In Tasmania, after targeted and quick advocacy work from the Tasmanian faculty and ACEM staff, we were pleased to see Labour pledged to meet ACEM Tasmania’s election ask to provide $2m to fund 50 Tasmanian doctors with emergency care training and support, through our EMC or ETP. While Labor did not win enough seats to attempt to form government, we will be encouraging the new Tasmanian government to meet this pledge and it heartening to see that ACEM’s advocacy work has an impact.
In Canberra, I met with Assistant Minister for Rural and Regional Health Emma McBride and other key members of parliament to discuss the $13 million per annum in the 2024 – 2025 Federal Budget that we urgently need to keep the Emergency Medicine Education and Training (EMET) program running. EMET provides in-situ education, training and supervision to doctors, nurses and paramedics working in EDs and emergency care services in RRR areas, filling a vital need in the emergency care workforce.
Wherever in our two countries we work, we’re all seeing increasing violence in emergency departments. A new College report Alcohol-Related Harm in Australasian Emergency Departments revealed that over two-thirds of ED staff surveyed believe that alcohol-related violence in the ED has worsened in the last five years.
All staff, patients and carers need to be safe to deliver, receive and support healthcare in emergency departments. After positive feedback from Aotearoa, we’re advocating for federally funded, carefully trained and embedded 24/7 security staff in all emergency departments in Australia too. Every ED must have 24/7 security staff who are supported and empowered in the emergency department environment, culturally aware, can build healthy relationships with staff, patients, carers and whānau, and are skilled in de-escalation techniques. This isn’t a fix-all, and we must keep advocating for long-term solutions to the system-wide issues that can exaggerate violence and aggression in the emergency department, but right now we just need to keep everyone safer.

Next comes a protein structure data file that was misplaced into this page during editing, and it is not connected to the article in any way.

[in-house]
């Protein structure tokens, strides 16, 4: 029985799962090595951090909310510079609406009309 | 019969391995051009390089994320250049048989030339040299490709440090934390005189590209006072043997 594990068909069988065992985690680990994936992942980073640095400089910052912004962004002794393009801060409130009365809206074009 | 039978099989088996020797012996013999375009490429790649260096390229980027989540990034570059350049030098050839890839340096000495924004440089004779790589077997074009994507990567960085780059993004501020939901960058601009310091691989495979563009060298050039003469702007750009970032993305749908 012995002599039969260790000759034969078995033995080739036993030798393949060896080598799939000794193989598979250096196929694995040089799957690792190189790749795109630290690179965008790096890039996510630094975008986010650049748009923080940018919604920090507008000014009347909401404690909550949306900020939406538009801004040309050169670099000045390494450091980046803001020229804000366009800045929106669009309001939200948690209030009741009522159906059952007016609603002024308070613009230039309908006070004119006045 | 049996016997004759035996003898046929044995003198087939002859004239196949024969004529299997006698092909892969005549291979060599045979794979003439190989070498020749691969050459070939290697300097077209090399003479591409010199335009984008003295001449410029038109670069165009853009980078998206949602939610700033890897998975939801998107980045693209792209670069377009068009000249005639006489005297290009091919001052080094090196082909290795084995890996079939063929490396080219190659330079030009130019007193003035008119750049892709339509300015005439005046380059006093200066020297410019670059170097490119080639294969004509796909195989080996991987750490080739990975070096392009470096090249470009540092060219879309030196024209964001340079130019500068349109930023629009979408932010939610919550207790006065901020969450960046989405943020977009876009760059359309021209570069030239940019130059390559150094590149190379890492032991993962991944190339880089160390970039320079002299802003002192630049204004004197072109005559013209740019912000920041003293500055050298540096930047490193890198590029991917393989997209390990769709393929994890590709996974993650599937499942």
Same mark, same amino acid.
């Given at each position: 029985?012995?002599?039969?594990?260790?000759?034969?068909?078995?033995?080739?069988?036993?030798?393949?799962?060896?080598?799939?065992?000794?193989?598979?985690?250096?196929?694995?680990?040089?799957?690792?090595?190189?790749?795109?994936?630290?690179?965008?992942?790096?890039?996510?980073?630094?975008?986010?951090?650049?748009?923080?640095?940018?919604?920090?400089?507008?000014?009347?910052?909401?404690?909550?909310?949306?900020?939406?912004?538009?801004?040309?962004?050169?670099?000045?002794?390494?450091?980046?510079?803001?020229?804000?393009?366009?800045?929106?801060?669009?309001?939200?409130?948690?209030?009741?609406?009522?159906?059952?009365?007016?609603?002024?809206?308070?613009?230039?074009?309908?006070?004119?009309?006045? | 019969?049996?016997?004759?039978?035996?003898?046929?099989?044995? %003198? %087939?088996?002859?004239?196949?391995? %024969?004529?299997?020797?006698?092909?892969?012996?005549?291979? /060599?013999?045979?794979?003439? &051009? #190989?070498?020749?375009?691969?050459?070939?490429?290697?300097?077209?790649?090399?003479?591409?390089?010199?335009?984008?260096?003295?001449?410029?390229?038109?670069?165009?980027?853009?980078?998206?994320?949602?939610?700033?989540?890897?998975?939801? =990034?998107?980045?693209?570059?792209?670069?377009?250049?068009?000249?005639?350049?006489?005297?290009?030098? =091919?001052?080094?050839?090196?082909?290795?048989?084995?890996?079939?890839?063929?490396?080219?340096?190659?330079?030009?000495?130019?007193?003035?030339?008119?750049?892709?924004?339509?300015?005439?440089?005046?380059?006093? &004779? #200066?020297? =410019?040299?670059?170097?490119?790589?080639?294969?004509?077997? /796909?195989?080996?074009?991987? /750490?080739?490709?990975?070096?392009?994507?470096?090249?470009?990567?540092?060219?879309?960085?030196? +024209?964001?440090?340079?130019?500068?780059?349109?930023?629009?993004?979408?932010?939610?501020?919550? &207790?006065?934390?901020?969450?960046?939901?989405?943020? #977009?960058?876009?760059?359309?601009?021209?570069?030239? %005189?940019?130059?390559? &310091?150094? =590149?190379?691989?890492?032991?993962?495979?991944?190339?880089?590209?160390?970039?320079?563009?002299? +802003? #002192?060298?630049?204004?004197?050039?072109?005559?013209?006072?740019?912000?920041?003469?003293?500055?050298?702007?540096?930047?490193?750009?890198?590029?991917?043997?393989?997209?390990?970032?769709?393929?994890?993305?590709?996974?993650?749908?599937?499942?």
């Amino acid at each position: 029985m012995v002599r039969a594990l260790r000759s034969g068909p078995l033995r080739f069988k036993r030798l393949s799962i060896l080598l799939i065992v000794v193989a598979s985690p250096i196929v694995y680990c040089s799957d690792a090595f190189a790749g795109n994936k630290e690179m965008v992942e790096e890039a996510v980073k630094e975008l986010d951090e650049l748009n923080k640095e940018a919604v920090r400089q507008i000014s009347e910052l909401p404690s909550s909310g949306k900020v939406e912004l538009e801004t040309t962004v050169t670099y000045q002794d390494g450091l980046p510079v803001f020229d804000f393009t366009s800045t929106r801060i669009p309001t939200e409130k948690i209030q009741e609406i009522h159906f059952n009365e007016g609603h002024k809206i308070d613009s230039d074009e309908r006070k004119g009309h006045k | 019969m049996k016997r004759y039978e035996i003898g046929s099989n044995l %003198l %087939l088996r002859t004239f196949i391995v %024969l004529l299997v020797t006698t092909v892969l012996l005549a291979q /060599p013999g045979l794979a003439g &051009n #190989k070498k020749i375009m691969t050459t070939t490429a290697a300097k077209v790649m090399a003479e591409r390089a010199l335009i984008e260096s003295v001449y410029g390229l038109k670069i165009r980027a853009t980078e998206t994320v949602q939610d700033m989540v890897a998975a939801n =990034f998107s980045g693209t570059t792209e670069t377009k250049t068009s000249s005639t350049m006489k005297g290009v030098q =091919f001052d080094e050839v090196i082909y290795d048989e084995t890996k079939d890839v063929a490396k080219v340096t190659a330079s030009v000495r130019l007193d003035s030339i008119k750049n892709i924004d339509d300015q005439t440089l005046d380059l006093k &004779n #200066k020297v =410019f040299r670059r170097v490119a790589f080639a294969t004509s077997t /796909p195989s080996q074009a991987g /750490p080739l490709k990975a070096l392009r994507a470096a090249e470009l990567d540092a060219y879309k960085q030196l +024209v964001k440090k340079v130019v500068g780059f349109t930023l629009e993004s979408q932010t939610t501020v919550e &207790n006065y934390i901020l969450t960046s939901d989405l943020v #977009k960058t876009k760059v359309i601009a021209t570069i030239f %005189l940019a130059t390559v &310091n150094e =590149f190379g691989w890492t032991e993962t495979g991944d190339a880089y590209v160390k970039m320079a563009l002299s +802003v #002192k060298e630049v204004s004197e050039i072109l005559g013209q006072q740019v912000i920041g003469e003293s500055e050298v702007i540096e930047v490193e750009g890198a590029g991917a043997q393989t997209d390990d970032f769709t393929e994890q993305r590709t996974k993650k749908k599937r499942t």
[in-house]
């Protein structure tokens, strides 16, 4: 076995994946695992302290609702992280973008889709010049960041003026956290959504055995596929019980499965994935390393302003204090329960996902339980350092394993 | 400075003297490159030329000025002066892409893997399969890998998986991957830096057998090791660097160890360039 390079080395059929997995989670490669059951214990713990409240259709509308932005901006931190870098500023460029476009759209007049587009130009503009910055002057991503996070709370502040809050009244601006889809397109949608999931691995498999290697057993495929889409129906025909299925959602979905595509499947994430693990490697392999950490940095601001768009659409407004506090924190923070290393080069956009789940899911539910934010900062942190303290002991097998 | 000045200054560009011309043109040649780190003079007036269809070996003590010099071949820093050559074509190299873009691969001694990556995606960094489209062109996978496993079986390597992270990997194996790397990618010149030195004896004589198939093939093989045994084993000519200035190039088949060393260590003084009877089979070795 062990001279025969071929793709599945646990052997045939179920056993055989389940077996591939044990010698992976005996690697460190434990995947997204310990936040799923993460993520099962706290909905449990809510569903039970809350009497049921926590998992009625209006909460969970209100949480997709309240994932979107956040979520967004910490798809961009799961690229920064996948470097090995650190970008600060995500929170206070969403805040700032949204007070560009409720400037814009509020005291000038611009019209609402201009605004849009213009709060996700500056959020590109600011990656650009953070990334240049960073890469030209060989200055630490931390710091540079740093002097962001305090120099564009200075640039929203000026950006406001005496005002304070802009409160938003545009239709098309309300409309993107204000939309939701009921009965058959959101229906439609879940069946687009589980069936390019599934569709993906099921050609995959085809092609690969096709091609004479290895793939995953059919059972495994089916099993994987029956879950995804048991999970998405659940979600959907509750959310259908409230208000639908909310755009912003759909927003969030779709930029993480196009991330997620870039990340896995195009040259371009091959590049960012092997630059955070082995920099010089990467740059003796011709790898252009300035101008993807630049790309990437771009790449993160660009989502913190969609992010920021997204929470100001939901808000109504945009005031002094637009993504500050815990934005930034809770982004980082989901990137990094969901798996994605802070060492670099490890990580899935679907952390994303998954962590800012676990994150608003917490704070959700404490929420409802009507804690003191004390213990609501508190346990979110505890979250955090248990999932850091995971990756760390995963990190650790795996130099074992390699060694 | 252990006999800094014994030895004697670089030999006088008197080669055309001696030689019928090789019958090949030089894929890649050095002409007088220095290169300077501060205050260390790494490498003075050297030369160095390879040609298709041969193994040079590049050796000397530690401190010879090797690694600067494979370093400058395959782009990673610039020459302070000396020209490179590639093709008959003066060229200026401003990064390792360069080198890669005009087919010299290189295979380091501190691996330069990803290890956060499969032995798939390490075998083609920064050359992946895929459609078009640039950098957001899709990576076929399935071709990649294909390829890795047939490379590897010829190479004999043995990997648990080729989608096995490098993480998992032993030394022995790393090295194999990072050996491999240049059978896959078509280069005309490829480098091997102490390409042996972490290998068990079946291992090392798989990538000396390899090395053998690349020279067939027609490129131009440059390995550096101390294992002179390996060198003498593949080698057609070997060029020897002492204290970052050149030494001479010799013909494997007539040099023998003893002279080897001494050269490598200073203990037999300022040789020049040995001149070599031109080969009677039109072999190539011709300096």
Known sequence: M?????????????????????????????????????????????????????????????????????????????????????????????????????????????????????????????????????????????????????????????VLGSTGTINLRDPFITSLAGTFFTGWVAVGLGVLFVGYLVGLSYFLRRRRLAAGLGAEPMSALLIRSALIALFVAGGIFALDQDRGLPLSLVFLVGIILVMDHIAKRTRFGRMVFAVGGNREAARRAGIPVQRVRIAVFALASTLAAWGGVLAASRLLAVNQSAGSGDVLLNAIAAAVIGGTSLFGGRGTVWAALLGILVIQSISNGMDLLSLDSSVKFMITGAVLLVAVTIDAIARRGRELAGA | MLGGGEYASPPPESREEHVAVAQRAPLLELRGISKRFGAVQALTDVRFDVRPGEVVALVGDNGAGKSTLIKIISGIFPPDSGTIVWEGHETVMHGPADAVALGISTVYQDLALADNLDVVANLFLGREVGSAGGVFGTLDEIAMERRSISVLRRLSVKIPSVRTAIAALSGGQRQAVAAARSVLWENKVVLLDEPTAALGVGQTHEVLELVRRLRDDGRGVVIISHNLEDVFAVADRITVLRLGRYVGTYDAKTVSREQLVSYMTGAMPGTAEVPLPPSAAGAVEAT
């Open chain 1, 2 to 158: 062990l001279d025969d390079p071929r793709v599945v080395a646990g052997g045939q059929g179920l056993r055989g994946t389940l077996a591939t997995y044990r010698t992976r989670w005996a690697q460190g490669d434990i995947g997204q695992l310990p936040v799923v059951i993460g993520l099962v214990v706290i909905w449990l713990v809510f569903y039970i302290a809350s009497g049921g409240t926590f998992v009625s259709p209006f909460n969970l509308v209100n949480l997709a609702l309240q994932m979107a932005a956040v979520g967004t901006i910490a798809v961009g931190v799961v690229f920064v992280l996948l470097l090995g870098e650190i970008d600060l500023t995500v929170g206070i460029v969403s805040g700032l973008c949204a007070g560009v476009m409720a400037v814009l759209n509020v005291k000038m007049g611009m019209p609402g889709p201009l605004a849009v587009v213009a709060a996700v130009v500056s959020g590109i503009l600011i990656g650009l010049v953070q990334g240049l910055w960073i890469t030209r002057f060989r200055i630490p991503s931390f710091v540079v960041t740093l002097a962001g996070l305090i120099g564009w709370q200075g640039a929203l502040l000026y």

In College news, some of our training programs have recently undergone a name change due to the TEQSA Act. If you have any questions on how this may affect you, please email [email protected]
or [email protected]
I am pleased to let you know that the ACEM board is working with the Spotlight Group on the recruitment of a new CEO to lead the implementation of ACEM’s strategic plan and oversee operations. It is a unique time for medical colleges, and we want a CEO with high EQ to empower creative people through a lens of inclusivity, humanity and organisational accountability, and work effectively with stakeholders.
I’m sure I’ve forgotten something, but I will aim to update you every season. Please reach out if you have something vital to discuss before then. I am here – as are ACEM staff and committees, networks, and other elected officeholders – to work with and support you. Please get involved where you can. Like the ED, our College is a team effort!
Until winter, thank you for everything that you do. Please take care of yourselves and each other. Every person that works in an ED is generous and dedicates their lives to helping people – but we are all human and we can only do so much. I think it’s vital to seek joy, restoration and connection where and when we can.

Dr Stephen Gourley
ACEM President